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'CL' Charlotte's Original Blotter Reporter Talks Switching Sides and Beats 

From bad to boujee

Olivia Fortson with her first press badge, issued in 1989.

Photo by Ryan Pitkin.

Olivia Fortson with her first press badge, issued in 1989.

It's safe to say that Olivia Fortson is not scared of change.

Fortson, who worked with Creative Loafing between 1987 and 1992 (she spent two of those years on the CL sales team, the rest as a reporter) is one of the few who have made the transition from Loafing contributor to staffer at The Charlotte Observer, and the folks there never let her live it down.

"It was funny, they never really trusted me when I went there," Fortson says. "When I got on there [in 1992], there were some people — to the day I left 23 years later — who looked at me like, 'She used to work for Creative Loafing.' It was not a good thing for me there."

Her move to the Observer offices eventually led to a turn-around in the beats she covered. While at CL she covered the darker side of Charlotte, patrolling the Wilkinson Boulevard corridor with CMPD's graveyard shift and writing a feature on Charlotte's seediest strip clubs, while later at the Observer she became a social editor, covering high society parties hosted by Charlotte's privileged population, some of whom she remembered partying with in her Loafing days.

As someone who has for years covered crime on the same streets Fortson once stalked — and for much of the last eight years has written The Blotter, a column Fortson was the first to bring to Charlotte — I was drawn to her work while researching our archives for this issue.

When I met Fortson on a recent, rainy morning at Panera Bread, her outfit affirmed her effortless talent for dealing with that duality; a sensible white sweater complimented by a dazzling gold necklace, while underneath the booth, camouflage capris betrayed her history on the front lines, a chic soldier.

The Spartanburg, S.C., native shared with me the story of her beginnings at Loafing — when there were still chickens in the backyard of the so-called office — and what it meant for her to fight on the side of the underdog, even after she eventually flipped sides to work for "the big guy."

Creative Loafing: How did you get started working with Creative Loafing?

Olivia Fortson: I graduated from Queens University in '87. I had these ambitions to write for a newspaper, and I wanted to write for the Observer, because that was the big paper here. I didn't have a journalism degree, because Queens didn't have one, so I double-majored in English and communications. Back then, if you didn't go to Chapel Hill journalism school or Duke, forget it. They were not interested in me at all. I would trudge my little portfolio up there full of things I had written for my school newspaper and my hometown newspaper, and they were like, "No, you've got to get out there and write some more."

[Former CL columnist] Frye Gaillard took an interest — he was another Queens connection — and took me out to lunch and was really supportive. That's how I met John Grooms [see story on page 14]. He was an excellent editor and I still adore him.

I was already working for the county, I did their justice system newsletter, and I think John took pity on me. They asked me to originate The Blotter here, of course it was already in [Creative Loafing] Atlanta. I got my first press badge in December 1987, and that was such a big deal. John's thinking was, "You're aready there at the courthouse," so when I left my shift up there, I would just go and show my press badge and sign in and flip through reports.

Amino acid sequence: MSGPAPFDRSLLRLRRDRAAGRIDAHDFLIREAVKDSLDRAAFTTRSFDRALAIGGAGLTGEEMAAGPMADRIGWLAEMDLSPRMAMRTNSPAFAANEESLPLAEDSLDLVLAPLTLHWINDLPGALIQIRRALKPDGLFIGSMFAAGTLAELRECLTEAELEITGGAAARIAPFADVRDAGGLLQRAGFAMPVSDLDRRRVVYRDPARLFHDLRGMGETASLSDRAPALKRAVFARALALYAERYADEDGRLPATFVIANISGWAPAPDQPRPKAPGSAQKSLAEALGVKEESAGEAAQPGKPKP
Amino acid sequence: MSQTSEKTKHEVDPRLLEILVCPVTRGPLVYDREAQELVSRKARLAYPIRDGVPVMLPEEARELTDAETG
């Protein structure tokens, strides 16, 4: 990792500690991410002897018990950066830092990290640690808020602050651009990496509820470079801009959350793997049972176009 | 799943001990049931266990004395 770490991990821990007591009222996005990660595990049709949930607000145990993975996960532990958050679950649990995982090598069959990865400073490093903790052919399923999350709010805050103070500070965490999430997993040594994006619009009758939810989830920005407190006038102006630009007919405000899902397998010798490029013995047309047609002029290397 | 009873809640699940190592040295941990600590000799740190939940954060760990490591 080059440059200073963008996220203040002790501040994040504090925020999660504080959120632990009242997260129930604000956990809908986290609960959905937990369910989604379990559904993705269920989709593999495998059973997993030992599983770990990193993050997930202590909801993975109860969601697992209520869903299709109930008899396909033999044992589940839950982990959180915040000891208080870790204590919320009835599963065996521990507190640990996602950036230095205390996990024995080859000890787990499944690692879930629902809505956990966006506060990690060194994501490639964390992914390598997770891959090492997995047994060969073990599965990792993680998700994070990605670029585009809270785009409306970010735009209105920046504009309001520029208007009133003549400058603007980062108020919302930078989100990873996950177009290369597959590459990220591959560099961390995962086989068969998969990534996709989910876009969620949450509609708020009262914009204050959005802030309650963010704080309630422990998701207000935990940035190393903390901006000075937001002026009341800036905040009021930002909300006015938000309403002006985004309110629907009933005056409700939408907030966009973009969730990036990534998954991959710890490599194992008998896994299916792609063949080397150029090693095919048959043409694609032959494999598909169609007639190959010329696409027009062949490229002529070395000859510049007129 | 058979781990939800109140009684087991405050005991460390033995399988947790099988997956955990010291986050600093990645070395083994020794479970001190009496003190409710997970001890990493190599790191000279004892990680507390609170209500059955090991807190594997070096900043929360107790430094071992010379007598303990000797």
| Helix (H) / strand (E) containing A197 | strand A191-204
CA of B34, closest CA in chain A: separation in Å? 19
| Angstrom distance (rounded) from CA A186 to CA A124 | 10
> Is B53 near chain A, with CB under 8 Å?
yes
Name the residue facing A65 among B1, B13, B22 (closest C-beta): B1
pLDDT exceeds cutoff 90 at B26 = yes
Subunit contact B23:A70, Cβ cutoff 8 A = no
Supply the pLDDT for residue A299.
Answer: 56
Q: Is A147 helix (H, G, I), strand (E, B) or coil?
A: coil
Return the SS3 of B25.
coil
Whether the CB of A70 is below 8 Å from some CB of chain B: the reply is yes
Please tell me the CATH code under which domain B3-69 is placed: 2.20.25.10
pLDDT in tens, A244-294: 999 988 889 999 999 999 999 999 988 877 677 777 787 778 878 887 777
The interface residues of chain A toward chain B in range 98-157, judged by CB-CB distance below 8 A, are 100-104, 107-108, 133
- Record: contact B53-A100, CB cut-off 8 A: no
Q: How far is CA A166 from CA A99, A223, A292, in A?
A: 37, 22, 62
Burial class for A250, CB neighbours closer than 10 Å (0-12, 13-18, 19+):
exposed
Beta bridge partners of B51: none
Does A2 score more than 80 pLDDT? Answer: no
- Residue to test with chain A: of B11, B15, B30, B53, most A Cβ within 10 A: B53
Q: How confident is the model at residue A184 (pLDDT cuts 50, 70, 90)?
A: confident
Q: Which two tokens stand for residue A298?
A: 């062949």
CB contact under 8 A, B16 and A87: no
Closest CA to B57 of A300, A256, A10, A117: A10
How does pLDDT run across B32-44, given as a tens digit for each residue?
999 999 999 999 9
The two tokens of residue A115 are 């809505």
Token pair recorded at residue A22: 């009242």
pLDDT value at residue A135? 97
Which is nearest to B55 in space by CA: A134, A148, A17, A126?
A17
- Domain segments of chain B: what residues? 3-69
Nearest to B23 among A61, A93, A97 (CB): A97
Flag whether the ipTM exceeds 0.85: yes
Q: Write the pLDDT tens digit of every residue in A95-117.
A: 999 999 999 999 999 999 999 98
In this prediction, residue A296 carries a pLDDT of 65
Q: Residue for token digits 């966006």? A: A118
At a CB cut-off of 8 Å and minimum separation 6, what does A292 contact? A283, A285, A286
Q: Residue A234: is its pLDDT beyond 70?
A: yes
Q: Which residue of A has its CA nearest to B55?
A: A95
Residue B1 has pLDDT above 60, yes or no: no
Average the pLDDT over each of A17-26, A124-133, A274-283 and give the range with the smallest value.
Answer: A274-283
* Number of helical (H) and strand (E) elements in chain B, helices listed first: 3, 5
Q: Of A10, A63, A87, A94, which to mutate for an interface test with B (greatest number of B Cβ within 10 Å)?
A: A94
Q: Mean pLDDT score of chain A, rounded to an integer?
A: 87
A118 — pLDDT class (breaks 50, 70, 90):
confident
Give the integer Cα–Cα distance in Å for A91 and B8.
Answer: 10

What was it like working at CL when it was still a start-up in this city, and a subversive one at that?

I remember the first office was up on the edge of the Cherry neighborhood, and there were chickens in the backyard. Then we moved over to South Boulevard and it was still just this little strip with low ceilings. It was a funny place.

The main thing people maybe don't realize now is how cool it was to go to work for Creative Loafing. [Editor's note: It's still pretty cool.] We were all young, and it was such a big deal in Atlanta, and I guess they had expanded into Tampa [in 1988]. And in Charlotte, even now people still say we're so conservative, and that was even more so back then, so to have this kind of wild alternative weekly, you really felt like, "Oh my god, I'm a cool kid, I work at Creative Loafing."

Olivia and Beth Obenshain (right) at a Loafing party in the early days.
  • Olivia and Beth Obenshain (right) at a Loafing party in the early days.

The other thing is how threatened the Observer was by Creative Loafing, which I never could quite understand then. Now I do, because it's business, but back then I was like, "Why are they being so mean to us?" There was even a lawsuit at some point because they were not letting us put our racks out. They were doing everything they could to keep us out because they were threatened. They started Break [a weekly arts publication] because they knew we were coming, so there was this feeling not only that it's a fun place but you were kind of battling the big guy.

Was that experience valuable for you, even when you joined sides with said big guy?

It set me up for having a media career here. I don't think of myself as a media personality, but people did remember me. "Oh, she used to write for Creative Loafing." It really set me up and helped introduce me to different people. I had good connections when I went to the Observer. Later, I progressed and became the social editor and covered all the galas, but it's still funny when you see people out that you were partying with at Park Elevator [an old South End nightclub].

Before that, though, at Loafing, you covered crime. How did you make such a drastic turn to social editor?

I got to the point where I really wanted to show the positive side of Charlotte and everything. I did start out on the local news staff [at the Observer], but long term I wasn't cut out for it. When a young boy was killed in a tragic accident and my editor asked me to call the family and ask them how they felt, I said, "I can't do that." He said, "Well, you're not going to work here, then." I realized then that this was not for me. I was like, "I need to go to the features department and write fluffy stuff."